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It’s one thing to point out problems, and quite another to offer solutions. When it comes to trimming excess weight off America’s pets,
we veterinarians have gotten tougher about pointing out the problem. Now it’s time to step up and offer solutions.
Actually, that’s the easy part. Because you know, telling someone her dog or cat is fat isn’t the easiest thing in the world. Some folks take it personally, especially if the pet owner — or the bearer of bad news, the veterinarian — is carrying some extra weight as well. But it’s a conversation that we veterinarians must have with you, because being overweight or obese can shorten your pet’s life — and make the life he has nothing short of miserable.
Now … about those solutions. We veterinarians often hear things like, “He begs, and I can’t resist!” or “I’ve tried, but he’s starving.” I understand how you feel, and so does your pet's veterinarian. But you know what? I won't let you give up. There are some simple strategies for helping your pet lighten the load that won't drive your or your pet crazy:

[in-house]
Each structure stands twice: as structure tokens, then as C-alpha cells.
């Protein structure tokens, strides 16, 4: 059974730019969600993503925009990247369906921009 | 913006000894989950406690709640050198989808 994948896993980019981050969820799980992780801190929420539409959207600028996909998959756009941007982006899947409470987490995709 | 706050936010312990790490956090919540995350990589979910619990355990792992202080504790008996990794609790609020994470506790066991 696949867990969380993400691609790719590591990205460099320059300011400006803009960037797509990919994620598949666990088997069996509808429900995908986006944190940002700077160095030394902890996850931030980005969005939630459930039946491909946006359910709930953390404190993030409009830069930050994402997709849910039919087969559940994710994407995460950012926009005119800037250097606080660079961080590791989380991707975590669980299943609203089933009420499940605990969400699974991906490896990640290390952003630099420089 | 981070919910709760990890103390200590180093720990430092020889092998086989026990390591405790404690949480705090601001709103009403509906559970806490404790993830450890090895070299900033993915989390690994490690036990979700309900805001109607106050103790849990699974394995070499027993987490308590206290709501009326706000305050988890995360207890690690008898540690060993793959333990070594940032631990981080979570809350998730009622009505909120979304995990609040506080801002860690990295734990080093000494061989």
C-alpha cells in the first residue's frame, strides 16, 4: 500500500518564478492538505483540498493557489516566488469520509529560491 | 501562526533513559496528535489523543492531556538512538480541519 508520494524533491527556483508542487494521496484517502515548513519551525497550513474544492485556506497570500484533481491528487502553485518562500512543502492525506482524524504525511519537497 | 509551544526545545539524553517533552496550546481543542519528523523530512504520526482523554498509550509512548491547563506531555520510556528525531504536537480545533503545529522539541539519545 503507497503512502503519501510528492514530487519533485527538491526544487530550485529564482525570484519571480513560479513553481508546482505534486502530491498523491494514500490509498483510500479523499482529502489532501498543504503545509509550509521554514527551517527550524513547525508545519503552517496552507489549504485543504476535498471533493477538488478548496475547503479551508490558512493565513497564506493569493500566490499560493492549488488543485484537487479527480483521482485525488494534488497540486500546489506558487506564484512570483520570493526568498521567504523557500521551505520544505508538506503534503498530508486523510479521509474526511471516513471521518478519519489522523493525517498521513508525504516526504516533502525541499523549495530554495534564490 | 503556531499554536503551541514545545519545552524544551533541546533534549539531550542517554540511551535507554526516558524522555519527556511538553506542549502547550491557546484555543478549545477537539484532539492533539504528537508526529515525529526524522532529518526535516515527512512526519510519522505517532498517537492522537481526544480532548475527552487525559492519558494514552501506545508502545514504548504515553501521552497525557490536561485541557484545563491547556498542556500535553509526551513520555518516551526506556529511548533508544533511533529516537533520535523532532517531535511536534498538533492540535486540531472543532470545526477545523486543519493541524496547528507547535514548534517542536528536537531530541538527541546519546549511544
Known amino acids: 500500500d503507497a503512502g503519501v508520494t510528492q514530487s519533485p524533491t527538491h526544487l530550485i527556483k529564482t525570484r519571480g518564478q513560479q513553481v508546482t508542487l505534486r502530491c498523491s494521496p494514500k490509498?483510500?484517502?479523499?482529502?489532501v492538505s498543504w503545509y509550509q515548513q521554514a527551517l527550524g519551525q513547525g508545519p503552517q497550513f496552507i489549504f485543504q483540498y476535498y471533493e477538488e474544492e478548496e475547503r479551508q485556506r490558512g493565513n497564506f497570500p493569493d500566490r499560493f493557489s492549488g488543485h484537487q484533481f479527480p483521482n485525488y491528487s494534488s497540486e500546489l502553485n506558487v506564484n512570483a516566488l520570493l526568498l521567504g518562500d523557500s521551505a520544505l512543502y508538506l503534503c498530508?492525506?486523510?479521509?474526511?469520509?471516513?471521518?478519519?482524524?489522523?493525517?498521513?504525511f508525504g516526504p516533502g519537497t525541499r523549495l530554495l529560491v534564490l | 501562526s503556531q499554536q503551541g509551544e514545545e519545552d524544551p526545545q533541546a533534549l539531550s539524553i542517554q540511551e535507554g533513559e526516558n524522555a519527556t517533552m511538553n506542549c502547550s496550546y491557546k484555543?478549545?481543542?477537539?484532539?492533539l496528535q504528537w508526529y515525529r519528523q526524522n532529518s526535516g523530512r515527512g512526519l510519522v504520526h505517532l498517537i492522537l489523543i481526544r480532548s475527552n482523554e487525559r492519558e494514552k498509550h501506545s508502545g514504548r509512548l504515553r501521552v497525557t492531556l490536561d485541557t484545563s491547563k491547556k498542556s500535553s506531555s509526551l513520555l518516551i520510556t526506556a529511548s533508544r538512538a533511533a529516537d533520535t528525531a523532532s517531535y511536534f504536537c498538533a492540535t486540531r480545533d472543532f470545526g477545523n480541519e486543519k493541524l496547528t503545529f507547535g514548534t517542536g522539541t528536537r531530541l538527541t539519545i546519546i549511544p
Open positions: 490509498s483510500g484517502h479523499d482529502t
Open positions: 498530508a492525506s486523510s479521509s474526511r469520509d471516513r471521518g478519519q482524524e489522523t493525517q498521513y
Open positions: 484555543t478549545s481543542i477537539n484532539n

Change foods. The food your pet had as an energetic youngster make not be right for a quieter, middle-aged animal. Talk to your veterinarian about your pet’s diet. As I always say, pet food doesn’t have to be the most expensive to be “the best.” No matter what your budget is or where you shop, your veterinarian will be able to help you choose a healthy product for your pet. And don’t forget that the perfect match may be food provided by your veterinarian: Therapeutic diets available only from a veterinarian may be what’s needed to get the weight off. These aren't just “light” versions of regular diets, but are specifically formulated to increase lean muscle mass.
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